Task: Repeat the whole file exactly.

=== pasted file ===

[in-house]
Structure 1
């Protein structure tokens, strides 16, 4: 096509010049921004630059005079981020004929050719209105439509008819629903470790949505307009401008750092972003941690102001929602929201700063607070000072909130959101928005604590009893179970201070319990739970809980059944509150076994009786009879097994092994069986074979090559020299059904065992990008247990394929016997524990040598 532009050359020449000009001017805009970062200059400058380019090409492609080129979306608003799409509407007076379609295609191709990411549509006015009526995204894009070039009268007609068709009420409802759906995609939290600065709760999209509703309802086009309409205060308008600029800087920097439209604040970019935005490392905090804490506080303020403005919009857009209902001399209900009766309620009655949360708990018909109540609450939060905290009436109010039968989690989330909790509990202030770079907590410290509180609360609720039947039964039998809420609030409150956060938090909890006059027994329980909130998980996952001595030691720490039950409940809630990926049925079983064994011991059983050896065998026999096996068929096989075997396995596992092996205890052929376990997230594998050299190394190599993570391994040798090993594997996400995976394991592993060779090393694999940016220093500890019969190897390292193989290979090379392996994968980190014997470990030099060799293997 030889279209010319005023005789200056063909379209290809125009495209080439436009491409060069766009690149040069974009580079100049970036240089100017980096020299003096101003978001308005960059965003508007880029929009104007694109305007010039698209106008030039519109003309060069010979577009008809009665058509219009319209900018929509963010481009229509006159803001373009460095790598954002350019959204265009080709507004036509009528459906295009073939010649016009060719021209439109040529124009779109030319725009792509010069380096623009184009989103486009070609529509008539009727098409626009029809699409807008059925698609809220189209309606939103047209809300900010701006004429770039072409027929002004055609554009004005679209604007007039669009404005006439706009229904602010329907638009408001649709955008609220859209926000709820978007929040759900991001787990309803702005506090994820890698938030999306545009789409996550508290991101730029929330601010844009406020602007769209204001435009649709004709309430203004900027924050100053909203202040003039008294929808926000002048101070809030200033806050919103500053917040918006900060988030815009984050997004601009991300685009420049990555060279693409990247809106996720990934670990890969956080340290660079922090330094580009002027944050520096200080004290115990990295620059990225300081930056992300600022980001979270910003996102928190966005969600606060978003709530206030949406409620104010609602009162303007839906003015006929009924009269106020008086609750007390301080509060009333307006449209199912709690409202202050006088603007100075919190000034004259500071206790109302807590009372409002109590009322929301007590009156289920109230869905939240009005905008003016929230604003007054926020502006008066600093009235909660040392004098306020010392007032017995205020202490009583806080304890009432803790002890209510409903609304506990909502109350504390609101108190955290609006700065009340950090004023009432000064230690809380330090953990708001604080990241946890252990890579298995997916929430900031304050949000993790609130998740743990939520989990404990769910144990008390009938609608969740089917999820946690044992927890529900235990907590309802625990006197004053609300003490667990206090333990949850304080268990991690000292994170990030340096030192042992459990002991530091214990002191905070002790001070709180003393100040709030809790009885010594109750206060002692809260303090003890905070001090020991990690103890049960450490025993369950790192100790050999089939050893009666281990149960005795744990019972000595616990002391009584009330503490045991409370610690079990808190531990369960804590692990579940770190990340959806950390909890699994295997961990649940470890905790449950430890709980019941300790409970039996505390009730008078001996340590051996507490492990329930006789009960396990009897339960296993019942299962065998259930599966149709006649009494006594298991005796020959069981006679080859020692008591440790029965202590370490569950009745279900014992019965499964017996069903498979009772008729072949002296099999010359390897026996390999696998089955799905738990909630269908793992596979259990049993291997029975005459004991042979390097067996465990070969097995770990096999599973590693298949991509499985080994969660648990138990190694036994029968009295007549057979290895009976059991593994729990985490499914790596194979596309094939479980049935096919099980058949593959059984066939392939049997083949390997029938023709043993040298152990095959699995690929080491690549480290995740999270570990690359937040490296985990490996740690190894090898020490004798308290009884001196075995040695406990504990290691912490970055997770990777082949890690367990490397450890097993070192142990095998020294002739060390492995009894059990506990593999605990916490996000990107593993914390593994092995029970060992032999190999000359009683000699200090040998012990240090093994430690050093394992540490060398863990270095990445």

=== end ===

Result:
[in-house]
Structure 1
């Protein structure tokens, strides 16, 4: 096509010049921004630059005079981020004929050719209105439509008819629903470790949505307009401008750092972003941690102001929602929201700063607070000072909130959101928005604590009893179970201070319990739970809980059944509150076994009786009879097994092994069986074979090559020299059904065992990008247990394929016997524990040598 532009050359020449000009001017805009970062200059400058380019090409492609080129979306608003799409509407007076379609295609191709990411549509006015009526995204894009070039009268007609068709009420409802759906995609939290600065709760999209509703309802086009309409205060308008600029800087920097439209604040970019935005490392905090804490506080303020403005919009857009209902001399209900009766309620009655949360708990018909109540609450939060905290009436109010039968989690989330909790509990202030770079907590410290509180609360609720039947039964039998809420609030409150956060938090909890006059027994329980909130998980996952001595030691720490039950409940809630990926049925079983064994011991059983050896065998026999096996068929096989075997396995596992092996205890052929376990997230594998050299190394190599993570391994040798090993594997996400995976394991592993060779090393694999940016220093500890019969190897390292193989290979090379392996994968980190014997470990030099060799293997 030889279209010319005023005789200056063909379209290809125009495209080439436009491409060069766009690149040069974009580079100049970036240089100017980096020299003096101003978001308005960059965003508007880029929009104007694109305007010039698209106008030039519109003309060069010979577009008809009665058509219009319209900018929509963010481009229509006159803001373009460095790598954002350019959204265009080709507004036509009528459906295009073939010649016009060719021209439109040529124009779109030319725009792509010069380096623009184009989103486009070609529509008539009727098409626009029809699409807008059925698609809220189209309606939103047209809300900010701006004429770039072409027929002004055609554009004005679209604007007039669009404005006439706009229904602010329907638009408001649709955008609220859209926000709820978007929040759900991001787990309803702005506090994820890698938030999306545009789409996550508290991101730029929330601010844009406020602007769209204001435009649709004709309430203004900027924050100053909203202040003039008294929808926000002048101070809030200033806050919103500053917040918006900060988030815009984050997004601009991300685009420049990555060279693409990247809106996720990934670990890969956080340290660079922090330094580009002027944050520096200080004290115990990295620059990225300081930056992300600022980001979270910003996102928190966005969600606060978003709530206030949406409620104010609602009162303007839906003015006929009924009269106020008086609750007390301080509060009333307006449209199912709690409202202050006088603007100075919190000034004259500071206790109302807590009372409002109590009322929301007590009156289920109230869905939240009005905008003016929230604003007054926020502006008066600093009235909660040392004098306020010392007032017995205020202490009583806080304890009432803790002890209510409903609304506990909502109350504390609101108190955290609006700065009340950090004023009432000064230690809380330090953990708001604080990241946890252990890579298995997916929430900031304050949000993790609130998740743990939520989990404990769910144990008390009938609608969740089917999820946690044992927890529900235990907590309802625990006197004053609300003490667990206090333990949850304080268990991690000292994170990030340096030192042992459990002991530091214990002191905070002790001070709180003393100040709030809790009885010594109750206060002692809260303090003890905070001090020991990690103890049960450490025993369950790192100790050999089939050893009666281990149960005795744990019972000595616990002391009584009330503490045991409370610690079990808190531990369960804590692990579940770190990340959806950390909890699994295997961990649940470890905790449950430890709980019941300790409970039996505390009730008078001996340590051996507490492990329930006789009960396990009897339960296993019942299962065998259930599966149709006649009494006594298991005796020959069981006679080859020692008591440790029965202590370490569950009745279900014992019965499964017996069903498979009772008729072949002296099999010359390897026996390999696998089955799905738990909630269908793992596979259990049993291997029975005459004991042979390097067996465990070969097995770990096999599973590693298949991509499985080994969660648990138990190694036994029968009295007549057979290895009976059991593994729990985490499914790596194979596309094939479980049935096919099980058949593959059984066939392939049997083949390997029938023709043993040298152990095959699995690929080491690549480290995740999270570990690359937040490296985990490996740690190894090898020490004798308290009884001196075995040695406990504990290691912490970055997770990777082949890690367990490397450890097993070192142990095998020294002739060390492995009894059990506990593999605990916490996000990107593993914390593994092995029970060992032999190999000359009683000699200090040998012990240090093994430690050093394992540490060398863990270095990445």